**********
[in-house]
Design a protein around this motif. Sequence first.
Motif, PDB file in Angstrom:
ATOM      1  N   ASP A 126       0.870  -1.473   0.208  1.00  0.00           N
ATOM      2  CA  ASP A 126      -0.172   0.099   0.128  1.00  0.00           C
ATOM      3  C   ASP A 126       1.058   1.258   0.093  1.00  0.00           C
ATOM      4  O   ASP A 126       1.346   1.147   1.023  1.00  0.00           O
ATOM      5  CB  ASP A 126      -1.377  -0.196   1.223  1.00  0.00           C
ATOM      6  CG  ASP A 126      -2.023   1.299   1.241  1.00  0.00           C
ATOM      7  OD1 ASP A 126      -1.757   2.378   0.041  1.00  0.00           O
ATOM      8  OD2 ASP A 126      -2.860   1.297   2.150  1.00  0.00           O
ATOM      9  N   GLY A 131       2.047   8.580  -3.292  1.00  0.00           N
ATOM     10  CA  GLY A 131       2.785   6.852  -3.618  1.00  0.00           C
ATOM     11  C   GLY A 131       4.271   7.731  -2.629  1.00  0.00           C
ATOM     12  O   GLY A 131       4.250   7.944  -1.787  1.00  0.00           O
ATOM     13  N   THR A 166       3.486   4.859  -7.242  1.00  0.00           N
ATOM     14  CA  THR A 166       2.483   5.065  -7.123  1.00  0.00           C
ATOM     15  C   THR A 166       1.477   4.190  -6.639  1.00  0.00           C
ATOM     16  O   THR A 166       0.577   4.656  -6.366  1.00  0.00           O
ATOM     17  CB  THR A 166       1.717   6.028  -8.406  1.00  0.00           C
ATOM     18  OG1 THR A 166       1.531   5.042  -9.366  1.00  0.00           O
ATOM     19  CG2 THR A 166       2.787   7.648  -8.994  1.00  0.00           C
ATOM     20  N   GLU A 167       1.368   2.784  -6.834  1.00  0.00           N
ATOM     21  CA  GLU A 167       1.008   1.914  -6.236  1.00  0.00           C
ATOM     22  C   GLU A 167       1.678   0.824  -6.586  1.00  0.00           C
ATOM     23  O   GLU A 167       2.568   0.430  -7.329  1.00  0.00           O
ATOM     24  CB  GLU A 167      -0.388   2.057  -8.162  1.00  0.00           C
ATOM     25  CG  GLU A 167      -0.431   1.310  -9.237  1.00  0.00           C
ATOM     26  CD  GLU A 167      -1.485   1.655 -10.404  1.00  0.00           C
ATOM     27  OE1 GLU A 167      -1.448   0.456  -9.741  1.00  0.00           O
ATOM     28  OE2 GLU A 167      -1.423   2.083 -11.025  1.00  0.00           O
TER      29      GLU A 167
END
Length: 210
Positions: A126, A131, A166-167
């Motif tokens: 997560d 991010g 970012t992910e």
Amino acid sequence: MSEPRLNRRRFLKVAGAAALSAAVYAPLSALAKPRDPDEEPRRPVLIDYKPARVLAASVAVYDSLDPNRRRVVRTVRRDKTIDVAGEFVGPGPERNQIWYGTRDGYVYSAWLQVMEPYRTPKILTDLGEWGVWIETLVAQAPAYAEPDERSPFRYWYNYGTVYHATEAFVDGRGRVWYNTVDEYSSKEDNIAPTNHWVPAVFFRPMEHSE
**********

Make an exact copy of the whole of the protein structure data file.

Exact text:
[in-house]
Design a protein around this motif. Sequence first.
Motif, PDB file in Angstrom:
ATOM      1  N   ASP A 126       0.870  -1.473   0.208  1.00  0.00           N
ATOM      2  CA  ASP A 126      -0.172   0.099   0.128  1.00  0.00           C
ATOM      3  C   ASP A 126       1.058   1.258   0.093  1.00  0.00           C
ATOM      4  O   ASP A 126       1.346   1.147   1.023  1.00  0.00           O
ATOM      5  CB  ASP A 126      -1.377  -0.196   1.223  1.00  0.00           C
ATOM      6  CG  ASP A 126      -2.023   1.299   1.241  1.00  0.00           C
ATOM      7  OD1 ASP A 126      -1.757   2.378   0.041  1.00  0.00           O
ATOM      8  OD2 ASP A 126      -2.860   1.297   2.150  1.00  0.00           O
ATOM      9  N   GLY A 131       2.047   8.580  -3.292  1.00  0.00           N
ATOM     10  CA  GLY A 131       2.785   6.852  -3.618  1.00  0.00           C
ATOM     11  C   GLY A 131       4.271   7.731  -2.629  1.00  0.00           C
ATOM     12  O   GLY A 131       4.250   7.944  -1.787  1.00  0.00           O
ATOM     13  N   THR A 166       3.486   4.859  -7.242  1.00  0.00           N
ATOM     14  CA  THR A 166       2.483   5.065  -7.123  1.00  0.00           C
ATOM     15  C   THR A 166       1.477   4.190  -6.639  1.00  0.00           C
ATOM     16  O   THR A 166       0.577   4.656  -6.366  1.00  0.00           O
ATOM     17  CB  THR A 166       1.717   6.028  -8.406  1.00  0.00           C
ATOM     18  OG1 THR A 166       1.531   5.042  -9.366  1.00  0.00           O
ATOM     19  CG2 THR A 166       2.787   7.648  -8.994  1.00  0.00           C
ATOM     20  N   GLU A 167       1.368   2.784  -6.834  1.00  0.00           N
ATOM     21  CA  GLU A 167       1.008   1.914  -6.236  1.00  0.00           C
ATOM     22  C   GLU A 167       1.678   0.824  -6.586  1.00  0.00           C
ATOM     23  O   GLU A 167       2.568   0.430  -7.329  1.00  0.00           O
ATOM     24  CB  GLU A 167      -0.388   2.057  -8.162  1.00  0.00           C
ATOM     25  CG  GLU A 167      -0.431   1.310  -9.237  1.00  0.00           C
ATOM     26  CD  GLU A 167      -1.485   1.655 -10.404  1.00  0.00           C
ATOM     27  OE1 GLU A 167      -1.448   0.456  -9.741  1.00  0.00           O
ATOM     28  OE2 GLU A 167      -1.423   2.083 -11.025  1.00  0.00           O
TER      29      GLU A 167
END
Length: 210
Positions: A126, A131, A166-167
């Motif tokens: 997560d 991010g 970012t992910e």
Amino acid sequence: MSEPRLNRRRFLKVAGAAALSAAVYAPLSALAKPRDPDEEPRRPVLIDYKPARVLAASVAVYDSLDPNRRRVVRTVRRDKTIDVAGEFVGPGPERNQIWYGTRDGYVYSAWLQVMEPYRTPKILTDLGEWGVWIETLVAQAPAYAEPDERSPFRYWYNYGTVYHATEAFVDGRGRVWYNTVDEYSSKEDNIAPTNHWVPAVFFRPMEHSE